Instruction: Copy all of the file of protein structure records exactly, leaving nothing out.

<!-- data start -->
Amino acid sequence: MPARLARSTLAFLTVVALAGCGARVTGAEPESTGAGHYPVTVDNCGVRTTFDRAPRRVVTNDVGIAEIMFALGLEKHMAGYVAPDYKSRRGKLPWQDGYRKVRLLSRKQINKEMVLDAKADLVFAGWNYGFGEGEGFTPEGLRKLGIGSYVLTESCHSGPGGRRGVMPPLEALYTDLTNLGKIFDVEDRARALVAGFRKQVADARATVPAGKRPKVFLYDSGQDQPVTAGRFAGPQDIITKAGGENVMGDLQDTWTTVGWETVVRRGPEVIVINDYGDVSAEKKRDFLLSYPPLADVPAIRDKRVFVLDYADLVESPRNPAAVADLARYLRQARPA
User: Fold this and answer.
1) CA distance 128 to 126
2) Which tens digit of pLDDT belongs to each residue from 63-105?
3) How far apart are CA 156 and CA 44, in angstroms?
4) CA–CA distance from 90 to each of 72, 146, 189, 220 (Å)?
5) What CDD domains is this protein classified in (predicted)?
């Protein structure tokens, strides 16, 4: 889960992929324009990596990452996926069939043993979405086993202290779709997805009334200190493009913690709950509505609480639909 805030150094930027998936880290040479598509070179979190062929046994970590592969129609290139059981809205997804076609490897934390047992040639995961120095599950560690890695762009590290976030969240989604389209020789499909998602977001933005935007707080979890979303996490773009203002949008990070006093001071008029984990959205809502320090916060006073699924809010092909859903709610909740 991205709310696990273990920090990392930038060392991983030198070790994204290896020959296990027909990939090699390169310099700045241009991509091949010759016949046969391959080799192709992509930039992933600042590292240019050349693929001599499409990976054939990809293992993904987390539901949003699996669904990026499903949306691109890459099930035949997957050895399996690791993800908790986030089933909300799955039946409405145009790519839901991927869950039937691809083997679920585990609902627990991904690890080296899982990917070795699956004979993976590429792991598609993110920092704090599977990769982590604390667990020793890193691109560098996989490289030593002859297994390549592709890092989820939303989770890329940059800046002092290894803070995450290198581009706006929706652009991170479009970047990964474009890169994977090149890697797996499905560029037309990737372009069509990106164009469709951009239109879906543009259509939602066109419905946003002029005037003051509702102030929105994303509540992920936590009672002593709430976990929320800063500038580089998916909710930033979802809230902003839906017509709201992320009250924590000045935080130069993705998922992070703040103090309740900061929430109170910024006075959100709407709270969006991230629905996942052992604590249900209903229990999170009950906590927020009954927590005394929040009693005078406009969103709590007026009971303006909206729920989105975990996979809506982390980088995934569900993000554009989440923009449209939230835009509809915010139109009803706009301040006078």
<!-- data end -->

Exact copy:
Amino acid sequence: MPARLARSTLAFLTVVALAGCGARVTGAEPESTGAGHYPVTVDNCGVRTTFDRAPRRVVTNDVGIAEIMFALGLEKHMAGYVAPDYKSRRGKLPWQDGYRKVRLLSRKQINKEMVLDAKADLVFAGWNYGFGEGEGFTPEGLRKLGIGSYVLTESCHSGPGGRRGVMPPLEALYTDLTNLGKIFDVEDRARALVAGFRKQVADARATVPAGKRPKVFLYDSGQDQPVTAGRFAGPQDIITKAGGENVMGDLQDTWTTVGWETVVRRGPEVIVINDYGDVSAEKKRDFLLSYPPLADVPAIRDKRVFVLDYADLVESPRNPAAVADLARYLRQARPA
User: Fold this and answer.
1) CA distance 128 to 126
2) Which tens digit of pLDDT belongs to each residue from 63-105?
3) How far apart are CA 156 and CA 44, in angstroms?
4) CA–CA distance from 90 to each of 72, 146, 189, 220 (Å)?
5) What CDD domains is this protein classified in (predicted)?
């Protein structure tokens, strides 16, 4: 889960992929324009990596990452996926069939043993979405086993202290779709997805009334200190493009913690709950509505609480639909 805030150094930027998936880290040479598509070179979190062929046994970590592969129609290139059981809205997804076609490897934390047992040639995961120095599950560690890695762009590290976030969240989604389209020789499909998602977001933005935007707080979890979303996490773009203002949008990070006093001071008029984990959205809502320090916060006073699924809010092909859903709610909740 991205709310696990273990920090990392930038060392991983030198070790994204290896020959296990027909990939090699390169310099700045241009991509091949010759016949046969391959080799192709992509930039992933600042590292240019050349693929001599499409990976054939990809293992993904987390539901949003699996669904990026499903949306691109890459099930035949997957050895399996690791993800908790986030089933909300799955039946409405145009790519839901991927869950039937691809083997679920585990609902627990991904690890080296899982990917070795699956004979993976590429792991598609993110920092704090599977990769982590604390667990020793890193691109560098996989490289030593002859297994390549592709890092989820939303989770890329940059800046002092290894803070995450290198581009706006929706652009991170479009970047990964474009890169994977090149890697797996499905560029037309990737372009069509990106164009469709951009239109879906543009259509939602066109419905946003002029005037003051509702102030929105994303509540992920936590009672002593709430976990929320800063500038580089998916909710930033979802809230902003839906017509709201992320009250924590000045935080130069993705998922992070703040103090309740900061929430109170910024006075959100709407709270969006991230629905996942052992604590249900209903229990999170009950906590927020009954927590005394929040009693005078406009969103709590007026009971303006909206729920989105975990996979809506982390980088995934569900993000554009989440923009449209939230835009509809915010139109009803706009301040006078």